This Tuesday people across the world participated in Blackout Tuesday, a collective action to protest racism and police brutality. The action was originally organised within the music industry in response to the murder of George Floyd and murder of Ahmaud Arbery, and the killing of Breonna Taylor,
If Tuesday was a day for reflection, then each day forward must be a day marked with action. As white people we are reminded of systematic racism in the wake of well publicised tragedy. For our black friends, family, colleagues and community members, this is their reality.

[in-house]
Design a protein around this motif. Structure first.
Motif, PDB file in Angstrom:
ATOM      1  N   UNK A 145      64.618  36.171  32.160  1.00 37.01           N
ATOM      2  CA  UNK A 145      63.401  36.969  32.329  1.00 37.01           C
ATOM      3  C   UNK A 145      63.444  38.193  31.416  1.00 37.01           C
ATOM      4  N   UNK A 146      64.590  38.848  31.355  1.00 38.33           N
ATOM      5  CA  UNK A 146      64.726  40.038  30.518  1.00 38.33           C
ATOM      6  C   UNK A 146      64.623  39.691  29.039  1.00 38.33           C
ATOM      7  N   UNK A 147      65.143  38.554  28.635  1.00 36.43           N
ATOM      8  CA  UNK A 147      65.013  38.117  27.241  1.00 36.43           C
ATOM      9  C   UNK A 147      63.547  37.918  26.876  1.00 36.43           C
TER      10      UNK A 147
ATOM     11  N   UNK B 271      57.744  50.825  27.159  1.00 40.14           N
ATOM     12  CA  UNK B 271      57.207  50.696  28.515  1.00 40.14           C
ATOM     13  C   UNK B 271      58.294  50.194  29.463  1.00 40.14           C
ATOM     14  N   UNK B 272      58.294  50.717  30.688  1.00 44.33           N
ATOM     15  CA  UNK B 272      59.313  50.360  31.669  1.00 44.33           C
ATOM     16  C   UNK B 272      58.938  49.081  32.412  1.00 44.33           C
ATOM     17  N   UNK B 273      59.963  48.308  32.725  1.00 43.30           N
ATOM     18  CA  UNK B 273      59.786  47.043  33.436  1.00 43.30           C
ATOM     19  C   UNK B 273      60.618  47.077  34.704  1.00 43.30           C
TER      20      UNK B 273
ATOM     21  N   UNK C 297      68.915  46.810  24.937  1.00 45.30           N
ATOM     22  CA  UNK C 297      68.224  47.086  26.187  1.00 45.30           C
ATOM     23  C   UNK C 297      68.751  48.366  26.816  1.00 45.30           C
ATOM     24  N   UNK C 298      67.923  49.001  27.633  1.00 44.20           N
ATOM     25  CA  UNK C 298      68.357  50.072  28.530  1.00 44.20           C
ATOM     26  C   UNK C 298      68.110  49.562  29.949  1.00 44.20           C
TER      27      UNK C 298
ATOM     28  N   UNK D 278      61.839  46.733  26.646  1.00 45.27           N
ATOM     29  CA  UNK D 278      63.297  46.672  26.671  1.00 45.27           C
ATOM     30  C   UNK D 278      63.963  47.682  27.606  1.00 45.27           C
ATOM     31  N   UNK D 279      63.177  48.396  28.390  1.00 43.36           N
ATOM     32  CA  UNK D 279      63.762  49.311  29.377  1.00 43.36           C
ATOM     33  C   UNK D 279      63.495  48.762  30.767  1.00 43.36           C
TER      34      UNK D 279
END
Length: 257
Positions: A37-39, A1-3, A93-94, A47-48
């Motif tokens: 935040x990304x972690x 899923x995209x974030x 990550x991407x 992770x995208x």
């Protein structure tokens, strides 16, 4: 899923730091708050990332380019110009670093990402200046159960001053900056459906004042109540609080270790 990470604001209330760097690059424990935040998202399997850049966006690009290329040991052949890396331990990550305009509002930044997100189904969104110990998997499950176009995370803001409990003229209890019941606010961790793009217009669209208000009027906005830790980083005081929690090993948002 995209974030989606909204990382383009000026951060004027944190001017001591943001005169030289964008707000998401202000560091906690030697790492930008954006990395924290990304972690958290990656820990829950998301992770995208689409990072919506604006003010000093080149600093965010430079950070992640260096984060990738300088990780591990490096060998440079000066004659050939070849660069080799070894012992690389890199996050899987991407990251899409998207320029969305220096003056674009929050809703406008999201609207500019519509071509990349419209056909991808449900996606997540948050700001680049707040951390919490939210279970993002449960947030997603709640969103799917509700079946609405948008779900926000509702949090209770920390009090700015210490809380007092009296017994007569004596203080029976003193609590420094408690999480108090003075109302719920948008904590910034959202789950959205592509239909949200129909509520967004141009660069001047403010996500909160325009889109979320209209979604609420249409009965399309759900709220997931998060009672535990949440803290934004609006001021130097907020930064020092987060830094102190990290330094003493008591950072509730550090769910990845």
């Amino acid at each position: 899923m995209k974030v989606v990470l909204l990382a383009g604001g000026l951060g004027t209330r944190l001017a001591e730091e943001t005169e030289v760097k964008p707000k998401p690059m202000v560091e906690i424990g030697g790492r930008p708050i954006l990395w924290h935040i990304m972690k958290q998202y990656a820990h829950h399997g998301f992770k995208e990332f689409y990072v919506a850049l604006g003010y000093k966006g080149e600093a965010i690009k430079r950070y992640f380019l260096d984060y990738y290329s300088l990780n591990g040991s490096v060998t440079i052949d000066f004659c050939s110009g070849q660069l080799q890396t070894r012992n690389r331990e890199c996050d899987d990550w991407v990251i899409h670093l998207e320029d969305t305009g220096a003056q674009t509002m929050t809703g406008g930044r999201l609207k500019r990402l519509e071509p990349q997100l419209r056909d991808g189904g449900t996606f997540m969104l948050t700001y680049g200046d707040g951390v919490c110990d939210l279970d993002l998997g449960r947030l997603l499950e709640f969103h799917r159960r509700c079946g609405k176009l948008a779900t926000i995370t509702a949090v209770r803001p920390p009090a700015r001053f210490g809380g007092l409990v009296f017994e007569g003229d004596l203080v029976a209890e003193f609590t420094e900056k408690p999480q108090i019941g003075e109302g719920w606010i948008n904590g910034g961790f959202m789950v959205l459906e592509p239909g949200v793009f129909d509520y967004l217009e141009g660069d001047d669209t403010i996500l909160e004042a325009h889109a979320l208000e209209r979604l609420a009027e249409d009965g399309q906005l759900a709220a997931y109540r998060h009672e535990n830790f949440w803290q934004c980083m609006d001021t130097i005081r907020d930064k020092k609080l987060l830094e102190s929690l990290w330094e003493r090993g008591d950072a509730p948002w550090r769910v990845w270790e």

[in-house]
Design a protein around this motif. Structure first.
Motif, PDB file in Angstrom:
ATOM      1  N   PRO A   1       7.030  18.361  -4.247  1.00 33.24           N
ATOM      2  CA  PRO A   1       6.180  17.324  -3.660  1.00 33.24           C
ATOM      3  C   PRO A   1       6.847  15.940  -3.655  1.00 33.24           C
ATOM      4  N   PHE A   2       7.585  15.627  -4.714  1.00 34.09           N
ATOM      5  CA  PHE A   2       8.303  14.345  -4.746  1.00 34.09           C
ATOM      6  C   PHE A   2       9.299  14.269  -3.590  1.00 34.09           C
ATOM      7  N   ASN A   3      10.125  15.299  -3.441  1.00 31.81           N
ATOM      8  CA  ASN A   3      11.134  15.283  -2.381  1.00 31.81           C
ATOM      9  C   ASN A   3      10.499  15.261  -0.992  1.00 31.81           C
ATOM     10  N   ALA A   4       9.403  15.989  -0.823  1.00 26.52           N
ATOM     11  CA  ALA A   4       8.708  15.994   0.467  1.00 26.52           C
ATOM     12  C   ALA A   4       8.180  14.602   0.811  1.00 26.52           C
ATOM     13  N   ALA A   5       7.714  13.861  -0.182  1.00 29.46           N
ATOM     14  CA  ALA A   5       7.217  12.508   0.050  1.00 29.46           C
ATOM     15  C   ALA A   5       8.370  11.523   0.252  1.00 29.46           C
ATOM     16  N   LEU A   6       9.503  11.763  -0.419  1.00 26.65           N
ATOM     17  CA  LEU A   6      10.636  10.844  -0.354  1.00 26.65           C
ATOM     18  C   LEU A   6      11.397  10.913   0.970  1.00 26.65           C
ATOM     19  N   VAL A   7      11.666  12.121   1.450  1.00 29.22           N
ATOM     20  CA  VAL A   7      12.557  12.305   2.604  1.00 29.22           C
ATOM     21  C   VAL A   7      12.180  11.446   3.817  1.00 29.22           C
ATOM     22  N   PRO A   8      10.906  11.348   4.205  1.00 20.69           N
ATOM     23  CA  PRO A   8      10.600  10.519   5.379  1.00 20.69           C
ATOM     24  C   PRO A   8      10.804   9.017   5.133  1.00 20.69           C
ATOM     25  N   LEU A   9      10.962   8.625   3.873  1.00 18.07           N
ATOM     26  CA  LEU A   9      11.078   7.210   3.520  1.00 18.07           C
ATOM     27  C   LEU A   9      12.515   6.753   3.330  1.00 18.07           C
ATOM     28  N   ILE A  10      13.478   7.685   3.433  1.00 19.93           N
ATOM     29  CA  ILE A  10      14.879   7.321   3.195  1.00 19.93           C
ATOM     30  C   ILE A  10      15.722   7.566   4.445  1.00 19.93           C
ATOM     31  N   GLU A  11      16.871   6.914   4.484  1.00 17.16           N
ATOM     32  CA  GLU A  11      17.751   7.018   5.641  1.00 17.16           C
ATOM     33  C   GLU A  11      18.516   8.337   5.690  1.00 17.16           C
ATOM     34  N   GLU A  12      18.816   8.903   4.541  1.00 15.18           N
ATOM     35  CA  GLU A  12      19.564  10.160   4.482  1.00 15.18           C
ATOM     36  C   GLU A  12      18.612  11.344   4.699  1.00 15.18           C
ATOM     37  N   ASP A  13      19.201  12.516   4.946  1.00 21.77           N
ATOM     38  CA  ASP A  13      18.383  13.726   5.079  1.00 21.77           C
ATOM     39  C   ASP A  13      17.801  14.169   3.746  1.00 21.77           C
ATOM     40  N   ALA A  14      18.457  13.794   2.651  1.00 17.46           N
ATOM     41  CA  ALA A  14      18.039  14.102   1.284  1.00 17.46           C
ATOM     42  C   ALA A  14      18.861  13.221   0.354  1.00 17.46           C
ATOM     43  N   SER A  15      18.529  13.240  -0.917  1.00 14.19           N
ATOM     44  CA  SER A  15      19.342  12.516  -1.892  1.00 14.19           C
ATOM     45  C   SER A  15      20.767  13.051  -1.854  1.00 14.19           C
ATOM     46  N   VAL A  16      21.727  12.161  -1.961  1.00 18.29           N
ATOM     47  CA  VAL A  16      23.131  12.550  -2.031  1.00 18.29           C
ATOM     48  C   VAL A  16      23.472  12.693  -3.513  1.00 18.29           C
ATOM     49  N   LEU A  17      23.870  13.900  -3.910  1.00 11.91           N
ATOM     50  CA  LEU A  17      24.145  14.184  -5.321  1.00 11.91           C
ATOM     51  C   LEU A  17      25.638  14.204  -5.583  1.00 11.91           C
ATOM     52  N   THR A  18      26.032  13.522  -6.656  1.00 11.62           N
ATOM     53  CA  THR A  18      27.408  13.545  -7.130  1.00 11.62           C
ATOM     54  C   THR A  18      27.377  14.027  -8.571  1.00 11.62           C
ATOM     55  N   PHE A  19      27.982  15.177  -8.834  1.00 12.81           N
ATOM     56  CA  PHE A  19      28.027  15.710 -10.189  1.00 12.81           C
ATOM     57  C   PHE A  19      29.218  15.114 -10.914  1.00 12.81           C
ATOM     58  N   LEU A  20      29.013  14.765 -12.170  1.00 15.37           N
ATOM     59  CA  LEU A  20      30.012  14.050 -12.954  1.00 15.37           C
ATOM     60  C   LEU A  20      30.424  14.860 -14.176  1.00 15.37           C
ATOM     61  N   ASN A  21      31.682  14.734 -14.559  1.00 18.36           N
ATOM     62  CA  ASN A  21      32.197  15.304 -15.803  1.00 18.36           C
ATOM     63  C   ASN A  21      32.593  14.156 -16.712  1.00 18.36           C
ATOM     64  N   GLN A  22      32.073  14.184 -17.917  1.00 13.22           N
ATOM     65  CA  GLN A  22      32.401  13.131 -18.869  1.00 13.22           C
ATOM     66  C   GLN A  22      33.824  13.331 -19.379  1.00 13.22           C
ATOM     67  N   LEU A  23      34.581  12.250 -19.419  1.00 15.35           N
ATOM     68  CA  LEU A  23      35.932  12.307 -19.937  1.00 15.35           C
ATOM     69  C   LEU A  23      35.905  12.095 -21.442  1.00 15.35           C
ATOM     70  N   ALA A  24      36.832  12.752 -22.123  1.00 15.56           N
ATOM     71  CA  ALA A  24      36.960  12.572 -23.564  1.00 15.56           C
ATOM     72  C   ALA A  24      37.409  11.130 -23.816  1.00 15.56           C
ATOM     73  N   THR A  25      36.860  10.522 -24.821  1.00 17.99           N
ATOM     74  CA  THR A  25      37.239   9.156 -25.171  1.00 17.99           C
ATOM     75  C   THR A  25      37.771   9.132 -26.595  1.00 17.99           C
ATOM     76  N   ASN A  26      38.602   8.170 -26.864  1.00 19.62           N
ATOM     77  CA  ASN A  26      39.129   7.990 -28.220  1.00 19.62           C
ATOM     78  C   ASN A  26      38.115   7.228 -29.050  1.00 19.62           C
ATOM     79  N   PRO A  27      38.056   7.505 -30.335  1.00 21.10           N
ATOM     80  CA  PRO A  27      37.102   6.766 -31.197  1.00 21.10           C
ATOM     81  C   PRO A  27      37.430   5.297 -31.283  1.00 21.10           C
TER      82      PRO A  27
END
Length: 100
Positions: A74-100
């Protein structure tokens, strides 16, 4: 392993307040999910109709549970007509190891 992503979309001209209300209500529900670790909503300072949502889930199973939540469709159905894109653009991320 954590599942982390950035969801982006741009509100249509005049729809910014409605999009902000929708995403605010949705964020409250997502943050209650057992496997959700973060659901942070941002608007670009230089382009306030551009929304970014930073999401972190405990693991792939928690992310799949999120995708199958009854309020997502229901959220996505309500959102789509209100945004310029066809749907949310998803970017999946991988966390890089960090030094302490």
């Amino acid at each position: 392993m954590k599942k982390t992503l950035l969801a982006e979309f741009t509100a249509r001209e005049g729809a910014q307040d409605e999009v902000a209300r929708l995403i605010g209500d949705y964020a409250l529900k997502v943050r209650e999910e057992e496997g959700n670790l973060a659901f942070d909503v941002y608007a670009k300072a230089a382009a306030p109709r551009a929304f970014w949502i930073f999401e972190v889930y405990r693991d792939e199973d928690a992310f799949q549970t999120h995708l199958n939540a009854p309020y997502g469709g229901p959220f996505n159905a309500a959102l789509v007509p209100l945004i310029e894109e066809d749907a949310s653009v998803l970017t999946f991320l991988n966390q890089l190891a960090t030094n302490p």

Each day they are confronted with individual and systematic racism. It’s in; the stop and search statistics, the cctv footage of a petrol station forecourt in Stretford, the mispronunciation of pupils names by teachers who give “That’s what I said” or “Don’t talk back to me” responses. It is marked across the calendars of black creatives and academics who suddenly find themselves in high demand come October and loaded in seemingly casual conversation, “where are you from?”. It is plastered in GDS Transport font across state-funded billboards and it can be found at the centre of this pandemic in a threadbare government-commissioned report on the disproportionate effects of Covid-19 on global majority people, that fails to ask ‘why?’ or make recommendations for action.